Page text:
Monday, 17 February 2014

Uber opposition

I'd expected that the Taxicab Federation wouldn't like Uber.

In last week's Herald, they protested that Uber would need to become an Approved Taxi Organisation. [HT: EdBlog]
NZTA [NZ Transport Agency] spokesman Andy Knackstedt said there were many requirements that must be met for establishing a company as an 'Approved Taxi Organisation' such as clearly displaying fares and driver identification, using a tested fare meter and having an in-vehicle security camera system installed.
"If Uber did not establish themselves as an ATO, they would rely on existing ATOs and their drivers integrating or using their system," Knackstedt said.
University of Canterbury senior lecturer in economics and transport commentator, Eric Crampton said Uber may be able to side-step taxi industry regulations by hiring drivers with a P endorsed drivers' license and using unmarked vehicles to operate as a 'private hire service'.
"Current cabbies could flip to Uber in their own cars, retired cabbies who still have the P endorsement could start up again, and others willing to sit the test could come into the market," Crampton said in his blog.
The New Zealand Taxi Federation has voiced safety concerns about the growth of app-based taxi booking systems becoming available around the country.
Other transport apps to launch in New Zealand recently are Zoomy, in use by taxi organisations, and Cab Chooze, along with other apps developed for taxi companies.
In a letter to the NZTA, Taxi Federation executive director Tim Reddish called for the apps to be shut down until the companies prove their drivers are properly licensed and operating under the control of approved ATO's.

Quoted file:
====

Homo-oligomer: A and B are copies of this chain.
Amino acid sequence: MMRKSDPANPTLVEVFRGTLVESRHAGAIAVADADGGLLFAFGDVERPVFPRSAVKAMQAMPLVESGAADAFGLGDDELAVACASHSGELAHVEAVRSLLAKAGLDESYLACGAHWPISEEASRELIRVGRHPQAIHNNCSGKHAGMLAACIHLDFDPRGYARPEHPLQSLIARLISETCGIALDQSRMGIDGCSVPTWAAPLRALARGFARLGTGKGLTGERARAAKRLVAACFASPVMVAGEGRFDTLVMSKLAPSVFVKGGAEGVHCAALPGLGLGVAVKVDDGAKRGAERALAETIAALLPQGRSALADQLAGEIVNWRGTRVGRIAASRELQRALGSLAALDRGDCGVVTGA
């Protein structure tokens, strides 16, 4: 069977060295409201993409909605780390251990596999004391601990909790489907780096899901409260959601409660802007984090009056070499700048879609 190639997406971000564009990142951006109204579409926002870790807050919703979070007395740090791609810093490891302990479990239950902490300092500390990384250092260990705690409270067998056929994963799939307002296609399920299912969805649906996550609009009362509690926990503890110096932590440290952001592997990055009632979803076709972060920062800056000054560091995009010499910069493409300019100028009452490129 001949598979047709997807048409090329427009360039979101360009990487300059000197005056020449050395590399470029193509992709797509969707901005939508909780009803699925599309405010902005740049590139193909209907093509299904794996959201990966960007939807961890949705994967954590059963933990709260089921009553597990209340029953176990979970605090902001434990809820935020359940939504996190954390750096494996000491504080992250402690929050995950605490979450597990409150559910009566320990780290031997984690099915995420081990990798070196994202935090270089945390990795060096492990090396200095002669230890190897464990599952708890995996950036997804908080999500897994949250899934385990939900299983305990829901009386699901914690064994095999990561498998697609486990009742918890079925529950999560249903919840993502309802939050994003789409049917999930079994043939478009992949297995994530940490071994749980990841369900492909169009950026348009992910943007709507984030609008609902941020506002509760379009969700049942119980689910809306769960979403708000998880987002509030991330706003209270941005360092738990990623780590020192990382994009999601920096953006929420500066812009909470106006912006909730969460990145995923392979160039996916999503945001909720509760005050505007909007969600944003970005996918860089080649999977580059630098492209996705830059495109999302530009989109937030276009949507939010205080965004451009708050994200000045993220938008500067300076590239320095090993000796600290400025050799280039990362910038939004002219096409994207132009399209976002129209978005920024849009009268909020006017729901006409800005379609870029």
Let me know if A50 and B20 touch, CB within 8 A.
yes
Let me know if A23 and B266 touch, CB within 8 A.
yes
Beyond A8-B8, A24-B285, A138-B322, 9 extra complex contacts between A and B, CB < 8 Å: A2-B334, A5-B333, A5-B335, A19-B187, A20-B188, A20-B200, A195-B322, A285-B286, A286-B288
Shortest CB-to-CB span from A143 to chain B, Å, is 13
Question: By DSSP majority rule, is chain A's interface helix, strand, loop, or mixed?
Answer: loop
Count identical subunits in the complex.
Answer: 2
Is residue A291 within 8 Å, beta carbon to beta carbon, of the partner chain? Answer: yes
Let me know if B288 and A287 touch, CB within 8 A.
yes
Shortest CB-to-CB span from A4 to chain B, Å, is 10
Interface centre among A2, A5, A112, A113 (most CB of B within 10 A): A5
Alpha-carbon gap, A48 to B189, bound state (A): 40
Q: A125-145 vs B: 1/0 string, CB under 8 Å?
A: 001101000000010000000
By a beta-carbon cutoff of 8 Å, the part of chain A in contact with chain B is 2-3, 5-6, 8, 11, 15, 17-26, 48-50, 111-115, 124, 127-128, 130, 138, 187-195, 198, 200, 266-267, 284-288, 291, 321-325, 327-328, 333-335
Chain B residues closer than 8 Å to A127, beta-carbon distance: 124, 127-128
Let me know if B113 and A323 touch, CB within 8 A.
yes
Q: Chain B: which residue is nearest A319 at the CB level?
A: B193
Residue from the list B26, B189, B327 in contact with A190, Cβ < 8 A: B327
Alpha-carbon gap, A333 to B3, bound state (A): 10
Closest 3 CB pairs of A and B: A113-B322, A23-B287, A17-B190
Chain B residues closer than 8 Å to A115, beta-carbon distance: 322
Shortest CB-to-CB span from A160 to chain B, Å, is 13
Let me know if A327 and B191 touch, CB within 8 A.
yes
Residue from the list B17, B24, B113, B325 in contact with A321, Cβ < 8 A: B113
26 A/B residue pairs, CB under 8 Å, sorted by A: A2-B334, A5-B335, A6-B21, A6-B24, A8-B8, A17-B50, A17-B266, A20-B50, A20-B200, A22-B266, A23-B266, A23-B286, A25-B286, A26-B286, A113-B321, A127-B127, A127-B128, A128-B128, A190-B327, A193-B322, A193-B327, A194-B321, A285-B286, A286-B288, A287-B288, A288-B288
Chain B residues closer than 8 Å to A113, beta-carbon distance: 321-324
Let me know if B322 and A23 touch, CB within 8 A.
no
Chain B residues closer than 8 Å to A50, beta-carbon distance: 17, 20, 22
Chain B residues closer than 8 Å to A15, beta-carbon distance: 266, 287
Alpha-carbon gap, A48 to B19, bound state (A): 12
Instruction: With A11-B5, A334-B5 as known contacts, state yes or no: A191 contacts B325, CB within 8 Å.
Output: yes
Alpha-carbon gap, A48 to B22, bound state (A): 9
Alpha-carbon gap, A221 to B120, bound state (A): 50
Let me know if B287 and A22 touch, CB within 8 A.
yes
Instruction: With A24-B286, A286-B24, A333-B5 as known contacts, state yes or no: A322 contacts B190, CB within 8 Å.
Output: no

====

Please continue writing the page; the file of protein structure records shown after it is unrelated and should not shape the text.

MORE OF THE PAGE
"In our view any app-based taxi service delivery system must also ensure that customers are protected from unlicensed drivers and untested as fit for purpose vehicles," Reddish said.
Again, I am not a lawyer. But it looks to me like Uber could run under existing private hire service regulations. I expect that the Taxi Federation will do their best to block it.

If I were the Taxi Federation, I'd be claiming that an app-based immediate hire is a lot more like flagging down a cab than it is like an advance booking; if I were Uber, I'd say it's rather more like calling a bunch of car companies to see who'll give the best rate. I think the latter's the more accurate description and that the private hire regs could then apply, but again, I'm not a lawyer. If running as a private hire service under Section 6 hits the 'too hard' basket, Uber could still come in as an app booking system for more standard cabs, but we'd lose much of Uber's benefit: the ability to surge supply into the market with higher fares during periods of anticipated high demand. It's harder to bring part-timers into the market when they'd need to be running a signed, metered, and camera-equipped car.

And a big thank-you to Daniel Lynch at the Herald for doing this properly. He quoted from the blog while linking to it to provide context for those wanting the additional context. Nice job!

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